Scenario: It’s 8pm, your 4 star hotel is full, and water is pouring out of your boiler room from a water line that has blown out from a 4" bronze ball valve. Who you gonna call after some one remembers where the main water shut off valve is located?

                          a. The company that couldn't fix the leak after 4 hours of trying and had given up.
                          b. Ghost Busters.
                          c. ArizonaPlumber and Company


                          The correct answer is C.

                          Why?
                          Because by 9:10 pm we were on the job. By 10:15 we had removed and replaced a 4" ball valve, a 4"x3" copper tee, about 7ft of pipe and 3 couplings, and to the amazement of every one on site, had the water back on to the hotel.

                          Was it an expensive repair?
                          Not really, when you consider what the “100% satisfaction hotel” would have lost had they had to refund 210 room nights that average $189.95.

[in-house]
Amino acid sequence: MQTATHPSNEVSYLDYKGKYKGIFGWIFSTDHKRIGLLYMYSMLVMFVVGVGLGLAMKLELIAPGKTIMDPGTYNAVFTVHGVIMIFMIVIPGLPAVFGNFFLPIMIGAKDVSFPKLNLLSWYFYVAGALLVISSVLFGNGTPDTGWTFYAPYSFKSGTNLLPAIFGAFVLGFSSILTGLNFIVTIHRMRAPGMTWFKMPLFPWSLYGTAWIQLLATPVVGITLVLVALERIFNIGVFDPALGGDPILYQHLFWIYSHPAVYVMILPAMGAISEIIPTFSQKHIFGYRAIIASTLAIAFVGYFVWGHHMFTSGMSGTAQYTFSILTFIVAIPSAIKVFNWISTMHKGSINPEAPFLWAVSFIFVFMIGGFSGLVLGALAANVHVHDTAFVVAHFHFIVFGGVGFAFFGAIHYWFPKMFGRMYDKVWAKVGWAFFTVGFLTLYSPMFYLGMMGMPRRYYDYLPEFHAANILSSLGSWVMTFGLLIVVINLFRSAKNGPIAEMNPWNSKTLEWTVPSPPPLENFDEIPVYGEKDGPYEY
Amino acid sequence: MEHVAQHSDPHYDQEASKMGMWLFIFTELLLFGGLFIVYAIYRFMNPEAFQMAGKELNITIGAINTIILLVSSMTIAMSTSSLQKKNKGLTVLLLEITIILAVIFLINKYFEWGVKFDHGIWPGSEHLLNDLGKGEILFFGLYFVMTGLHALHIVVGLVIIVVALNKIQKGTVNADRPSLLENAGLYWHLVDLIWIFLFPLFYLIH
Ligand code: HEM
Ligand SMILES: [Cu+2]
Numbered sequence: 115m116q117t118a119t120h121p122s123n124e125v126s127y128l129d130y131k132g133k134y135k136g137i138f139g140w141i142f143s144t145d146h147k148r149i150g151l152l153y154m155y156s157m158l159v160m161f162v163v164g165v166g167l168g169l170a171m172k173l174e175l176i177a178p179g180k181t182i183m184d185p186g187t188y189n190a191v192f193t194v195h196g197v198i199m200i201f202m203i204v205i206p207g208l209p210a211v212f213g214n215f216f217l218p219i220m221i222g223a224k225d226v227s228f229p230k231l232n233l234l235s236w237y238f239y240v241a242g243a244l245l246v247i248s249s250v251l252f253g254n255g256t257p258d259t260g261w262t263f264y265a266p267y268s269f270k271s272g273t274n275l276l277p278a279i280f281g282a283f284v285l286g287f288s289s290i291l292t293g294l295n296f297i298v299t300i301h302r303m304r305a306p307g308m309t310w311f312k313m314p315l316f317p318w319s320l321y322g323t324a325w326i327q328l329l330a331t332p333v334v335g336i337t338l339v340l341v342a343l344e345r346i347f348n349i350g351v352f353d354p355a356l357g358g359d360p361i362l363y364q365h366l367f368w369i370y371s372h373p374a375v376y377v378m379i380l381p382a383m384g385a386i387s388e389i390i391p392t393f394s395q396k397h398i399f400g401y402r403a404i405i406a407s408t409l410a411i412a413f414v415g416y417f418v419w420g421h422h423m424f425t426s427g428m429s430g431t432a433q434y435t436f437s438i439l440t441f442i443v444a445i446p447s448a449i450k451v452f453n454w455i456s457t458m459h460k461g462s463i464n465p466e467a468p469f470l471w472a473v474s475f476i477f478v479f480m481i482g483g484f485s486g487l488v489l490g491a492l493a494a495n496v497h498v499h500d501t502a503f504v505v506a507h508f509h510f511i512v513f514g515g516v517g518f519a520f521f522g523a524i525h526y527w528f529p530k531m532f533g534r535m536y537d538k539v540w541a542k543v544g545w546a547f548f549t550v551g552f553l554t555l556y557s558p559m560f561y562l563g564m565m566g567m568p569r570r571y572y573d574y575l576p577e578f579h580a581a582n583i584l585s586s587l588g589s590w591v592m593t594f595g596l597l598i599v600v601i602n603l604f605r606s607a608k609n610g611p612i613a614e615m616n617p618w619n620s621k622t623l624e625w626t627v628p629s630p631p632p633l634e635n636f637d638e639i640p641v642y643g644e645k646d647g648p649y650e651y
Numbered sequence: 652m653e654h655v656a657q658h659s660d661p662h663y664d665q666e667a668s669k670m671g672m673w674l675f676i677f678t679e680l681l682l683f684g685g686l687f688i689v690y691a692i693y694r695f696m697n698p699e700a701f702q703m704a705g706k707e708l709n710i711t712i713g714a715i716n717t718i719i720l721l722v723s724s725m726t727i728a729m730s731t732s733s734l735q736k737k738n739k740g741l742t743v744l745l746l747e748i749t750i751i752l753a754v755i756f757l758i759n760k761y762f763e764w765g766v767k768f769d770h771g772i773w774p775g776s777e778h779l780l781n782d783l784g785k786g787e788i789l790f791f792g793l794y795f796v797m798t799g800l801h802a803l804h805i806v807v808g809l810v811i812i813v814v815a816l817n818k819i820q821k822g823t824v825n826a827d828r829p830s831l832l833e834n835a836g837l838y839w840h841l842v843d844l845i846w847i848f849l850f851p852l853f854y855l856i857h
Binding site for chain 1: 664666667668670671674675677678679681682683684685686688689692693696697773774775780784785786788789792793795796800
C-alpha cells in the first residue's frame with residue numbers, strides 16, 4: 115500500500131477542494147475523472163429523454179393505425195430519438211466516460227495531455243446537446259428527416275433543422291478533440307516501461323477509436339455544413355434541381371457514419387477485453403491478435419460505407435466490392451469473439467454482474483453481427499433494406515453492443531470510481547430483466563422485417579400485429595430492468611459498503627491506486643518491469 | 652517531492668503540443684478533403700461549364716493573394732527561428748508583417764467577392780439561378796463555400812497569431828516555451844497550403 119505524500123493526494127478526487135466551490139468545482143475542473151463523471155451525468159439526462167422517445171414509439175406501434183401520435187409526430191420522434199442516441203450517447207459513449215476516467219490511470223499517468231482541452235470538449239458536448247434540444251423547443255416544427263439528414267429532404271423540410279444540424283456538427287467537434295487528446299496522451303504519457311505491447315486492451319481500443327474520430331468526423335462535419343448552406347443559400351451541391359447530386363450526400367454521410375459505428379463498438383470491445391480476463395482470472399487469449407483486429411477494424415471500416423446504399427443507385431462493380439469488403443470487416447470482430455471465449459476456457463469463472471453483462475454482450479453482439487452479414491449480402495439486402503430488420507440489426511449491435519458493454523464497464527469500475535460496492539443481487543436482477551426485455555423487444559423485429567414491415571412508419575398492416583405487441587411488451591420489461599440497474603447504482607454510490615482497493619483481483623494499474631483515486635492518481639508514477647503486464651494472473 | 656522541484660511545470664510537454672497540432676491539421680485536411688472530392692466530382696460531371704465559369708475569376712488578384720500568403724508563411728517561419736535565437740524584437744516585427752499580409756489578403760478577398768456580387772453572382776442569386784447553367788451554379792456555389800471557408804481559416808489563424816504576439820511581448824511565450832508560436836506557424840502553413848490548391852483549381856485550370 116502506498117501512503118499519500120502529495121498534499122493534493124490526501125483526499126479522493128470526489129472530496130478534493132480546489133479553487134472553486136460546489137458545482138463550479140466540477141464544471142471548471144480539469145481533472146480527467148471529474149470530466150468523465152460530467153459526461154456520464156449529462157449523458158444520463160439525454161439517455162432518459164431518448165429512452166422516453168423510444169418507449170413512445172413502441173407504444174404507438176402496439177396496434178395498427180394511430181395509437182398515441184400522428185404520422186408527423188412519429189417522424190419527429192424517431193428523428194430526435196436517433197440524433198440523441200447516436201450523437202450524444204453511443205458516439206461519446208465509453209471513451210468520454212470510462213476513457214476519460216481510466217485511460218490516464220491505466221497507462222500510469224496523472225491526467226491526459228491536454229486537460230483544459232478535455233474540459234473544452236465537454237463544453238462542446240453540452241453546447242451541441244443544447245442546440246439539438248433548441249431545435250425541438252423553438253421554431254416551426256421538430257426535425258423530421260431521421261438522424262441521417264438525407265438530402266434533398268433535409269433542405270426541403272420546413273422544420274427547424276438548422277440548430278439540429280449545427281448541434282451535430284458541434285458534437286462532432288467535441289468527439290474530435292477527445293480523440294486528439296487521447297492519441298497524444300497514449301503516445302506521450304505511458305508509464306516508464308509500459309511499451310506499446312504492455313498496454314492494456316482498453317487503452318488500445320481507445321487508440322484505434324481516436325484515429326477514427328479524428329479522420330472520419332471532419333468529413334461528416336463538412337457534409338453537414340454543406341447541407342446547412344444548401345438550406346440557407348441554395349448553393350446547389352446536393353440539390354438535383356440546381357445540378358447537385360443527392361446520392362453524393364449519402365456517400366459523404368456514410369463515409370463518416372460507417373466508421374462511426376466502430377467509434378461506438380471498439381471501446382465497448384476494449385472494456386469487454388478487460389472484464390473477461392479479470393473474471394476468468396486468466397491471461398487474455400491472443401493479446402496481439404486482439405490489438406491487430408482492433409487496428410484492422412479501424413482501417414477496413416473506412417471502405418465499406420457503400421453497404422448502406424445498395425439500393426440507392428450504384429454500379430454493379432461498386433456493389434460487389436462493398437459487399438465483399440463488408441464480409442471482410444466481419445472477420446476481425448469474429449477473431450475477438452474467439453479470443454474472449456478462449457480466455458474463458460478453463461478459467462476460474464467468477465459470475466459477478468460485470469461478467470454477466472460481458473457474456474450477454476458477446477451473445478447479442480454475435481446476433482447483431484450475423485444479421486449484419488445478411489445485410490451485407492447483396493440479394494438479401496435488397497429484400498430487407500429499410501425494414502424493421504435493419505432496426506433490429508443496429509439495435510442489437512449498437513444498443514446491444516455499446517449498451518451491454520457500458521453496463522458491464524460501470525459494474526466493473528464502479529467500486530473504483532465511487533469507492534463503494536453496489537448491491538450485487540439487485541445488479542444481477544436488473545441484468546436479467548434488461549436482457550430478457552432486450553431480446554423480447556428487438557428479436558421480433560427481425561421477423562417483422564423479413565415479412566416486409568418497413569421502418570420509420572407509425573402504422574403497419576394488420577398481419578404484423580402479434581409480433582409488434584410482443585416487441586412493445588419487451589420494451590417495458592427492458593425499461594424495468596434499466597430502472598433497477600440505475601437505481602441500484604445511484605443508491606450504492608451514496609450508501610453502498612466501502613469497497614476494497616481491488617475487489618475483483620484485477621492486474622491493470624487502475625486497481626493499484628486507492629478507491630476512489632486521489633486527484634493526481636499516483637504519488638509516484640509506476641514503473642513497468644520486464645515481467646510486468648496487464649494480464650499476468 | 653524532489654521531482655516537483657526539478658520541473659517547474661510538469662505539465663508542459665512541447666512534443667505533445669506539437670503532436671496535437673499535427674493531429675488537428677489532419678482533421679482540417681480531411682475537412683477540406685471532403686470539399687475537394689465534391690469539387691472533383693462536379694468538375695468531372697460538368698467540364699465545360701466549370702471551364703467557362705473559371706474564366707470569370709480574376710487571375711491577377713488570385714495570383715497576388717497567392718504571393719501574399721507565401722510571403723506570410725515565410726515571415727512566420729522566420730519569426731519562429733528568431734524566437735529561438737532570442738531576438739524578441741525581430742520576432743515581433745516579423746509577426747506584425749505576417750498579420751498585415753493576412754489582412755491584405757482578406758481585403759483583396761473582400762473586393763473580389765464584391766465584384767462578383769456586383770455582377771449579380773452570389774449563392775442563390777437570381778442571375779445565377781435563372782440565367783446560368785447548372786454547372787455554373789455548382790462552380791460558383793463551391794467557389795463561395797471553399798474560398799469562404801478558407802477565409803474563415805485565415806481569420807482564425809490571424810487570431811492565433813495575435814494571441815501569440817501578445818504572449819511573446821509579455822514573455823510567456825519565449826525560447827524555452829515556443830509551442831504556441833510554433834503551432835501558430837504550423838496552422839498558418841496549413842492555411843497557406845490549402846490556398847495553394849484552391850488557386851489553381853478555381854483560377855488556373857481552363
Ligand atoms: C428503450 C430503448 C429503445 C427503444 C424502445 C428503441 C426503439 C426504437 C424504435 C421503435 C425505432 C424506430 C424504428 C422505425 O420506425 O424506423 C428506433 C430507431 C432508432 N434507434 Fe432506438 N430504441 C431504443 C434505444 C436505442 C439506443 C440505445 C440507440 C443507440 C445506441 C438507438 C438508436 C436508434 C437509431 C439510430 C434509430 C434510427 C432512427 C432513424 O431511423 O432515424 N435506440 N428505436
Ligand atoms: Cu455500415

This hotel didn't lose a dime in revenue, as they didn't get one complaint.

                          Could anyone else have made the same repair within the same time frame?
                          Only if the company they called had the following materials on their truck.
                          1-4" Ball Valve CxC
                          1-4" ProPress Copper Tee
                          1-4"x3" Copper Fitting Reducer
                          2-4" ProPress Couplings
                          1-3" ProPress Coupling
                          4'-4" Copper Pipe
                          3'-3" Copper Pipe
                          1- ProPress Tool & XL jaw set
                          2- Old Geezers aged 59 & 69 that know the true value of ProPress.

                          Note: We're both 5 years older now, and I'll only be 109 when the warranty is up.
                          Attached Files

                          Comment


                          • Re: ProPress

                            Looks like a great example of how a propress saved the day.

                            Now imagine something more normal. Like joebobs plumbing. they buy this super awesome gonna save them tons of time propress tool.
                            they get 15 calls a week, they are 80% sewer stoppages and the rest estimates.